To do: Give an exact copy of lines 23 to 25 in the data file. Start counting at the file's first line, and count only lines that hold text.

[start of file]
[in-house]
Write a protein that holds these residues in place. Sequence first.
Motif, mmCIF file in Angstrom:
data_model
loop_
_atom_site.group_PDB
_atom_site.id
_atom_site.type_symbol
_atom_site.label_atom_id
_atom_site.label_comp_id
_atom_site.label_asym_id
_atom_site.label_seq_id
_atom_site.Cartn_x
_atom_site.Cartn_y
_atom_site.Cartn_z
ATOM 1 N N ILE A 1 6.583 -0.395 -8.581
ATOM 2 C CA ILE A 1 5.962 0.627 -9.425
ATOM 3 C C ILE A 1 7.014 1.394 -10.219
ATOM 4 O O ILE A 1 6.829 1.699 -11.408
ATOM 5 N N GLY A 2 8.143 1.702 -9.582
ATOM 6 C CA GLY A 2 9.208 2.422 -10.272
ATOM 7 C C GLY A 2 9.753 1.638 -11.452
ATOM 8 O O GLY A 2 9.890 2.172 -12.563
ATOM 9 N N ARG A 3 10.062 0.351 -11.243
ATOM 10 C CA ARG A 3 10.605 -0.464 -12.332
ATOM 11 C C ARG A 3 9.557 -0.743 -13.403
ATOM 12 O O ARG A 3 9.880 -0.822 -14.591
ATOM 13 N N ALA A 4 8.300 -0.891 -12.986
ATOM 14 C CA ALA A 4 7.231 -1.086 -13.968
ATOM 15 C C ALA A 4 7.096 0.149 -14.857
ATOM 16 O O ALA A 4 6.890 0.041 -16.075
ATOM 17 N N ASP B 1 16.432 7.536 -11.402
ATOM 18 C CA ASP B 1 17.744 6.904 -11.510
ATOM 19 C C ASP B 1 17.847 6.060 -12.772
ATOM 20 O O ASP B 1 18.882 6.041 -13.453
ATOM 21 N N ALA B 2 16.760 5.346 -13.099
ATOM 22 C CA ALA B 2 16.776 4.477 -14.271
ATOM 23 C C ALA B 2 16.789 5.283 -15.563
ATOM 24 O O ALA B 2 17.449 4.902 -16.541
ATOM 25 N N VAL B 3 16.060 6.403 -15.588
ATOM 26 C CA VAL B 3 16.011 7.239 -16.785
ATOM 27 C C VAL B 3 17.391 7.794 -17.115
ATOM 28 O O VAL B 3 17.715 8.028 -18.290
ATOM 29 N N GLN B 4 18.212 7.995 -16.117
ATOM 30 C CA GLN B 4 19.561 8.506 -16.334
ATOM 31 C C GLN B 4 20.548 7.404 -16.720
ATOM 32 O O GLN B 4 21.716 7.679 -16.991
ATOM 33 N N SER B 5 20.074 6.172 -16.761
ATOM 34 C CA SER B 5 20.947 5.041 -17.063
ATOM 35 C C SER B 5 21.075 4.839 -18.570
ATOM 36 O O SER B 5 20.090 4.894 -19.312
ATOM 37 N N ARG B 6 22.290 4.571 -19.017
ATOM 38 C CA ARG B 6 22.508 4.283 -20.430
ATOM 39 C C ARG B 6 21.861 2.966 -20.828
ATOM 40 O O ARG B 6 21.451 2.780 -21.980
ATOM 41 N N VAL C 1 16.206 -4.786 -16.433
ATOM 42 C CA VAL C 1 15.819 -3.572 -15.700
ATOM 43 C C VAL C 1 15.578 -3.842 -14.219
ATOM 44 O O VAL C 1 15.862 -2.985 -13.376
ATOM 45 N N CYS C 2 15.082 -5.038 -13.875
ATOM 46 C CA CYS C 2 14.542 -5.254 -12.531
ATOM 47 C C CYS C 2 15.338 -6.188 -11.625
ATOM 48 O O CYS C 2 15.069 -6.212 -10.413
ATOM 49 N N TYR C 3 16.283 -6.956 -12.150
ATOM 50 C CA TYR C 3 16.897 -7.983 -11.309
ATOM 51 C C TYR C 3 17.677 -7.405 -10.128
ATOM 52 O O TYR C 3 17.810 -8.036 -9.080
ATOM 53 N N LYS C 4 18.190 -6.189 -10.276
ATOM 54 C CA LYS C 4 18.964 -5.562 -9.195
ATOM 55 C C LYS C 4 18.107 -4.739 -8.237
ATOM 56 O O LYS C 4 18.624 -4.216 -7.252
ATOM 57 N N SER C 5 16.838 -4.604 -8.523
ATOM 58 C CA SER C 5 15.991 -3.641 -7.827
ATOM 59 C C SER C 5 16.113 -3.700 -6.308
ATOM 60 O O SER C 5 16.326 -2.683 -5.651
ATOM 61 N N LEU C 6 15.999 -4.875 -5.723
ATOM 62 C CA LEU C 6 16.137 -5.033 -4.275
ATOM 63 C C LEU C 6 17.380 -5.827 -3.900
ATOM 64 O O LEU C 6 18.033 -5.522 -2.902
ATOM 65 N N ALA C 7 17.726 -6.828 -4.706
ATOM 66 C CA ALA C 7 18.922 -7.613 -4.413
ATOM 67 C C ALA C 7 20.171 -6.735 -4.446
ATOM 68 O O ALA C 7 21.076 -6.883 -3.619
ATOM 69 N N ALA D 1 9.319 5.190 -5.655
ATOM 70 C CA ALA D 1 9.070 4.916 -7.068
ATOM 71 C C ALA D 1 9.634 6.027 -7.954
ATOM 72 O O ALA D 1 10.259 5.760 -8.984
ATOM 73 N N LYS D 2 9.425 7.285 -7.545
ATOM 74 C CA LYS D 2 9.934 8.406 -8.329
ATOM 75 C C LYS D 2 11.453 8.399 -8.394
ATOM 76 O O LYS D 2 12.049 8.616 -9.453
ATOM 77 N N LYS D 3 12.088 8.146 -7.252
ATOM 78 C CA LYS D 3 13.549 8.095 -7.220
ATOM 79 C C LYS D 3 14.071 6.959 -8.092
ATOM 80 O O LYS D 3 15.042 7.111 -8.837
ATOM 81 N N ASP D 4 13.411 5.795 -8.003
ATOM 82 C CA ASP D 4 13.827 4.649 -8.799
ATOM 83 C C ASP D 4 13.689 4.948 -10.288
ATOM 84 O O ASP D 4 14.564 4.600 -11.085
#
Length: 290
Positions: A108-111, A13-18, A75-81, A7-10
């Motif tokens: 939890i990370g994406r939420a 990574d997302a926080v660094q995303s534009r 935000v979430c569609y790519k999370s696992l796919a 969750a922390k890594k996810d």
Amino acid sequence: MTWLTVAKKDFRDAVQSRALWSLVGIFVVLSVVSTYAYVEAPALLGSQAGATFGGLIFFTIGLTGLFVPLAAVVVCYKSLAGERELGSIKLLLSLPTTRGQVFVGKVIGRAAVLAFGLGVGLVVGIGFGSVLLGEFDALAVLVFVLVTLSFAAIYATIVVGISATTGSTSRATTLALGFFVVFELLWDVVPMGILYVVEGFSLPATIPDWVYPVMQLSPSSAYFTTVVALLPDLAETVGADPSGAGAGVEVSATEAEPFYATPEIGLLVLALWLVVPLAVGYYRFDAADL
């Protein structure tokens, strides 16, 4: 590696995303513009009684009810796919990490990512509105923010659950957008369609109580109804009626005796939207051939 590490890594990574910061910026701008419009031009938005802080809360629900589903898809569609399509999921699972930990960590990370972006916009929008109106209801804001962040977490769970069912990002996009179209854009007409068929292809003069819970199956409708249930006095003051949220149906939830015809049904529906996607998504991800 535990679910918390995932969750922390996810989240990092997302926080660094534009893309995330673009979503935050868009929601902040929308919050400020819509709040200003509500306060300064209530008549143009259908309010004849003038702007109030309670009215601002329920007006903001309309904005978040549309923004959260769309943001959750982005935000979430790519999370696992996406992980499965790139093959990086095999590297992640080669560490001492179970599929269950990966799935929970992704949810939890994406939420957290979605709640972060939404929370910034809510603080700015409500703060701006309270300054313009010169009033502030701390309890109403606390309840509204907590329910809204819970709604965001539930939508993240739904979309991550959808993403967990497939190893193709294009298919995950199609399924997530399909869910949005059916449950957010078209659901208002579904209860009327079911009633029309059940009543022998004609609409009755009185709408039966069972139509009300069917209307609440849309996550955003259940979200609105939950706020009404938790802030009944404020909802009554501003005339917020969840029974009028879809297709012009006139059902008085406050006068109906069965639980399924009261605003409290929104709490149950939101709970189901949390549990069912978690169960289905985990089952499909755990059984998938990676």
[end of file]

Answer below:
ATOM 8 O O GLY A 2 9.890 2.172 -12.563
ATOM 9 N N ARG A 3 10.062 0.351 -11.243
ATOM 10 C CA ARG A 3 10.605 -0.464 -12.332